Salt Lake City (UPI) Apr 11, 2011
Scientists say a new measurement of the underground plume of partly molten rock feeding the Yellowstone supervolcano shows it's larger than previously thought.
University of Utah geophysicists say a large-scale image of the electrical conductivity of the underground plume suggests it's bigger than in earlier images made by measuring earthquake waves, The Salt Lake Tribune reported Monday.
"It's like comparing ultrasound and MRI in the human body; they are different imaging technologies," geophysics professor Michael Zhdanov said.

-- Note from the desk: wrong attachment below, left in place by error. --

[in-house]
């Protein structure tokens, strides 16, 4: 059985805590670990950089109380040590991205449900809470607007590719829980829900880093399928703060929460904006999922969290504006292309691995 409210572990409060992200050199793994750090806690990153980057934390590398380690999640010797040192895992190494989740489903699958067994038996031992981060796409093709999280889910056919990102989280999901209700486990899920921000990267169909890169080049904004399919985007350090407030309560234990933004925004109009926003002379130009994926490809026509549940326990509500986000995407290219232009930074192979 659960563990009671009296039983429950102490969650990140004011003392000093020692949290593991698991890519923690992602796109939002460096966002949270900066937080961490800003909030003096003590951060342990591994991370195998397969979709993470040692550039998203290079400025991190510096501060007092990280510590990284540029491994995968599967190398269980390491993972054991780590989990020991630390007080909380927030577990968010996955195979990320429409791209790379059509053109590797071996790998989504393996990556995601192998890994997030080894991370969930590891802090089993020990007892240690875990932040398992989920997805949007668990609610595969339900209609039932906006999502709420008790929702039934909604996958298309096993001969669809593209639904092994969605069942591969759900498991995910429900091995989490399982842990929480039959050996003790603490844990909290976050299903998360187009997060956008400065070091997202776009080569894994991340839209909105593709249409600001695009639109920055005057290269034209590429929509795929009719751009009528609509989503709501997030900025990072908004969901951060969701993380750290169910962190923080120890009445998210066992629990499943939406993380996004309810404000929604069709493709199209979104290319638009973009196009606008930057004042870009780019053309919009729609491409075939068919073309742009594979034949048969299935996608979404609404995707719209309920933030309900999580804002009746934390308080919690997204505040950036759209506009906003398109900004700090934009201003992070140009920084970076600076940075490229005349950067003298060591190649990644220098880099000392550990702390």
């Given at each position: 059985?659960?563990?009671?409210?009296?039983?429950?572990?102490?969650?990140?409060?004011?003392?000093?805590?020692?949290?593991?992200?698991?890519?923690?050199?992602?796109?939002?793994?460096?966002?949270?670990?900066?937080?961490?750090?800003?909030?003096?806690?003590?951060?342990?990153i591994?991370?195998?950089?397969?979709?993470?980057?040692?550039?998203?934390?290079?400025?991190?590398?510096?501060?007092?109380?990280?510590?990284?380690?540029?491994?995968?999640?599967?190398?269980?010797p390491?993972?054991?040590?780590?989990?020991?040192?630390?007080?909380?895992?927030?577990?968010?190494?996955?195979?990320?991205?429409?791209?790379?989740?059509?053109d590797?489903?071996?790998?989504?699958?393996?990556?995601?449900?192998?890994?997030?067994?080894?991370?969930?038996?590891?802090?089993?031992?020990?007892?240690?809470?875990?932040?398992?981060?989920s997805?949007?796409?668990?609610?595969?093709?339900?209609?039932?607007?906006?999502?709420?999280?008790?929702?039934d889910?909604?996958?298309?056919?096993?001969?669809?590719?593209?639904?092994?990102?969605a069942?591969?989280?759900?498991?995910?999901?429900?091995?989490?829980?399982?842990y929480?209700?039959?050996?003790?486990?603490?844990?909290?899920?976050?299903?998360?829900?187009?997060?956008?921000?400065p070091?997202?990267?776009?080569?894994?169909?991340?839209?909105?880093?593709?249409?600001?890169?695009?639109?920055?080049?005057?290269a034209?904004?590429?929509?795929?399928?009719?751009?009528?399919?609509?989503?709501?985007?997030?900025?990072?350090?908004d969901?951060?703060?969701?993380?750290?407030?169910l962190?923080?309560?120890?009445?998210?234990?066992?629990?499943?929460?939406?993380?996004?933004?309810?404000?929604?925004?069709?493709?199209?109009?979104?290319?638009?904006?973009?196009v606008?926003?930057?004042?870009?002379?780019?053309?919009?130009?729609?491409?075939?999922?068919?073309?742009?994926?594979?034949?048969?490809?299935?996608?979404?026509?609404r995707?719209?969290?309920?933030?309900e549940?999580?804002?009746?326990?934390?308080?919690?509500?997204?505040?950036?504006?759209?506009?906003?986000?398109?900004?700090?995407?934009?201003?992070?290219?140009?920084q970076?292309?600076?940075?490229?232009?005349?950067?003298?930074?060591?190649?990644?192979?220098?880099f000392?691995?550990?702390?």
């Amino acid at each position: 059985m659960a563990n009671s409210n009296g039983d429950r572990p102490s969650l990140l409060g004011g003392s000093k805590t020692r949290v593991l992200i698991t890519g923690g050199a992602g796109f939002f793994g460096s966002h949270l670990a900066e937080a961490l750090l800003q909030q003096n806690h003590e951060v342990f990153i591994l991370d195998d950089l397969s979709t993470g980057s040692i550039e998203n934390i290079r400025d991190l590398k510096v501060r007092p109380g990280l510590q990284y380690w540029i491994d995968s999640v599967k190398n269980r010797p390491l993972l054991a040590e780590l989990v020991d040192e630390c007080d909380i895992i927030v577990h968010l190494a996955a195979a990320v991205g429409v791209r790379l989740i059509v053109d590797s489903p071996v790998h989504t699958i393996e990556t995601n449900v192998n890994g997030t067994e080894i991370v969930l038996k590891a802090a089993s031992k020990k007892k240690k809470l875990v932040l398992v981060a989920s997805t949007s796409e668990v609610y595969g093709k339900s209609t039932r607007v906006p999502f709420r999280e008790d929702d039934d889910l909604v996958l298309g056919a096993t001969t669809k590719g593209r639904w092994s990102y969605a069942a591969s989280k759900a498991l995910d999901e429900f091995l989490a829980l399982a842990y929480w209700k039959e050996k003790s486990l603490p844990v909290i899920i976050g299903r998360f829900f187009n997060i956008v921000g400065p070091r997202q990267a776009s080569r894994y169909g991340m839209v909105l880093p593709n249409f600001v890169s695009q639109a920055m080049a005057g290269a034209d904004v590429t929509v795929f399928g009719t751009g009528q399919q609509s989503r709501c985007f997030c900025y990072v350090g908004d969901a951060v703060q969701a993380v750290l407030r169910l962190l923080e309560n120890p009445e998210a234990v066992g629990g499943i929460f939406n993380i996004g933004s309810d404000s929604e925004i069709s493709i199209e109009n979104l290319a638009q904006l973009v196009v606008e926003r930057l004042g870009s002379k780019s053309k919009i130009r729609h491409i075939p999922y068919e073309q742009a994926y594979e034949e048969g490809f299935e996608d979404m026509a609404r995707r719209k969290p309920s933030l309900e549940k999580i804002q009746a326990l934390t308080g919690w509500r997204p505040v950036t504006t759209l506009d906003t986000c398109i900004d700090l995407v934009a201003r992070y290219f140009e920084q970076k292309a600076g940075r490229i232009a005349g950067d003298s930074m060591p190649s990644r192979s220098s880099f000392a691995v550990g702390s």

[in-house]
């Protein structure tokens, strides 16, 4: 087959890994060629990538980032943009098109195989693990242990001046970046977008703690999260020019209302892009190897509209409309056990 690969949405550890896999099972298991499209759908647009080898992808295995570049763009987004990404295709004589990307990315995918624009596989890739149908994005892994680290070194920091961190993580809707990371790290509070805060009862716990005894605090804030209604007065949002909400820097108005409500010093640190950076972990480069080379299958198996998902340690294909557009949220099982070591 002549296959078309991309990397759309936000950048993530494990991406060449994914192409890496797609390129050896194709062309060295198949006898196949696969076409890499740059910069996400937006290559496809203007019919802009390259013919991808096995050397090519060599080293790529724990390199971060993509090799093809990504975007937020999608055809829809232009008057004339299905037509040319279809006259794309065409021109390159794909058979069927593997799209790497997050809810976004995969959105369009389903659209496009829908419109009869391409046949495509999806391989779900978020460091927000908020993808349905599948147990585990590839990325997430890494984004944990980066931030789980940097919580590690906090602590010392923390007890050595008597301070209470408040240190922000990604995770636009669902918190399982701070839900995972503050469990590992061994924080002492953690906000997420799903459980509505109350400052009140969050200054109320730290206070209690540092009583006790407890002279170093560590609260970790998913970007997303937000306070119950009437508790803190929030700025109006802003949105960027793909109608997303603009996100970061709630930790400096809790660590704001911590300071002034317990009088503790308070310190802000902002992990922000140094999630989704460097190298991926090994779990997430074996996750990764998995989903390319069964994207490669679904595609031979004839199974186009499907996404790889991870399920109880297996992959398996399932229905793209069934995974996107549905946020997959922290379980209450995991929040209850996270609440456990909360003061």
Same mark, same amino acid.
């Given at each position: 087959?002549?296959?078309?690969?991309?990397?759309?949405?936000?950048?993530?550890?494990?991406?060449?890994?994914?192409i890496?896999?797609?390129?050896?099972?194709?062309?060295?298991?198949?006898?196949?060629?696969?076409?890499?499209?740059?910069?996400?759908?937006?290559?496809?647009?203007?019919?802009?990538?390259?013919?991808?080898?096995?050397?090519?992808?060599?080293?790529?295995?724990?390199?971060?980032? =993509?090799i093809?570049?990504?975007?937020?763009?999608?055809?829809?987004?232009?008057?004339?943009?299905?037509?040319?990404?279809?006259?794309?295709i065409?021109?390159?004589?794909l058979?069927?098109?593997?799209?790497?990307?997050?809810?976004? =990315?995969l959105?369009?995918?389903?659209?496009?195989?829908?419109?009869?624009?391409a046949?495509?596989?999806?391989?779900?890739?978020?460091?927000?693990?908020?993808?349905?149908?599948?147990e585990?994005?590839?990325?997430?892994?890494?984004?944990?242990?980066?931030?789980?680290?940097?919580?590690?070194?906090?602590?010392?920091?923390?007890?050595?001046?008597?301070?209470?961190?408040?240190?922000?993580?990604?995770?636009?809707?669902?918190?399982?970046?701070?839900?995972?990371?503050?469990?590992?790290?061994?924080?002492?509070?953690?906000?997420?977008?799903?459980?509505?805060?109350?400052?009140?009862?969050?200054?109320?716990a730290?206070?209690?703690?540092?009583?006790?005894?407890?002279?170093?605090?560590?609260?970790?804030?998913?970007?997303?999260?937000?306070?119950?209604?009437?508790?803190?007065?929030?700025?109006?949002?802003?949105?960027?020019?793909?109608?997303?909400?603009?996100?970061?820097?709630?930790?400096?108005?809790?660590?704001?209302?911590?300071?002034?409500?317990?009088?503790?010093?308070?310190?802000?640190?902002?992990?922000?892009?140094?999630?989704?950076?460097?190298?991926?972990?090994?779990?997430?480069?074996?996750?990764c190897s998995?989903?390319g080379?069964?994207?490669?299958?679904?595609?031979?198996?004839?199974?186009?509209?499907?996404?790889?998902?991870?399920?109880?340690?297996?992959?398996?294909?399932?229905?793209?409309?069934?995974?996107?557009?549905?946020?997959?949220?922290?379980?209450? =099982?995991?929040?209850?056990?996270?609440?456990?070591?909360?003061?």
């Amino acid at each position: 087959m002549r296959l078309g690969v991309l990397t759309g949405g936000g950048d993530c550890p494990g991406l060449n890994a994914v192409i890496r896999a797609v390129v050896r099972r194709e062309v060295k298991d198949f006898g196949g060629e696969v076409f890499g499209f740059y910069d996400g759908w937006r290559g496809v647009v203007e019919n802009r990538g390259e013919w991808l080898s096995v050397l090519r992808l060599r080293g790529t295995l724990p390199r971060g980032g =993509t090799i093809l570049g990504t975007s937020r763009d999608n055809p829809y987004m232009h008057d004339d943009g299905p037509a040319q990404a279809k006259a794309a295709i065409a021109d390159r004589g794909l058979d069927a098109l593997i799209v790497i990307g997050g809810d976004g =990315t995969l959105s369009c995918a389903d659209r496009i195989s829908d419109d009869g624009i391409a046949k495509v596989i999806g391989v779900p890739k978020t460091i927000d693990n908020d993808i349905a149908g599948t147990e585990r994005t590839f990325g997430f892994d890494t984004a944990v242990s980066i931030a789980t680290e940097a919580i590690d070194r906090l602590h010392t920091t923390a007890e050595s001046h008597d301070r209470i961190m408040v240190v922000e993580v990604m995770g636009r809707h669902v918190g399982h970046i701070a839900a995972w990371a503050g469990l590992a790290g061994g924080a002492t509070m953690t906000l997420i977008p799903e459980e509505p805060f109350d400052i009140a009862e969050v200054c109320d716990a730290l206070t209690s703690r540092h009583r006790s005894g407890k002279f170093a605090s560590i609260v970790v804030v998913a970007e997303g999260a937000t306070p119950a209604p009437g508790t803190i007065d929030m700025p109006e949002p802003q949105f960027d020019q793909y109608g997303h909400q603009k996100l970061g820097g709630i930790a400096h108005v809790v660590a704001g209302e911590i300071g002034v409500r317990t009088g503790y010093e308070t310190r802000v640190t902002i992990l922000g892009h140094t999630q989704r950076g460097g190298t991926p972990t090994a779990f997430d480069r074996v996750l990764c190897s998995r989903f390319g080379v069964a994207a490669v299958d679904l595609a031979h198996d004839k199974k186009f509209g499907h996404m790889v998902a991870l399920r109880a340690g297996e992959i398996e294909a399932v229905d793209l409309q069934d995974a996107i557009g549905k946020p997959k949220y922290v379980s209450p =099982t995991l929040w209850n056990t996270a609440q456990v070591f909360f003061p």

In December 2009, Utah geophysicist Robert B. Smith used seismic waves from earthquakes to make detailed images of the "hotspot" plumbing that feeds the Yellowstone volcano.
In the new study, images of the Yellowstone plume were recorded from the plume's electrical conductivity generated by molten silicate rocks and hot briny water mixed in the partly molten rock.
"It's a bigger size" in the geoelectric picture, Smith, co-author of the new study, said. "We can infer there are more fluids" than shown by seismic images.
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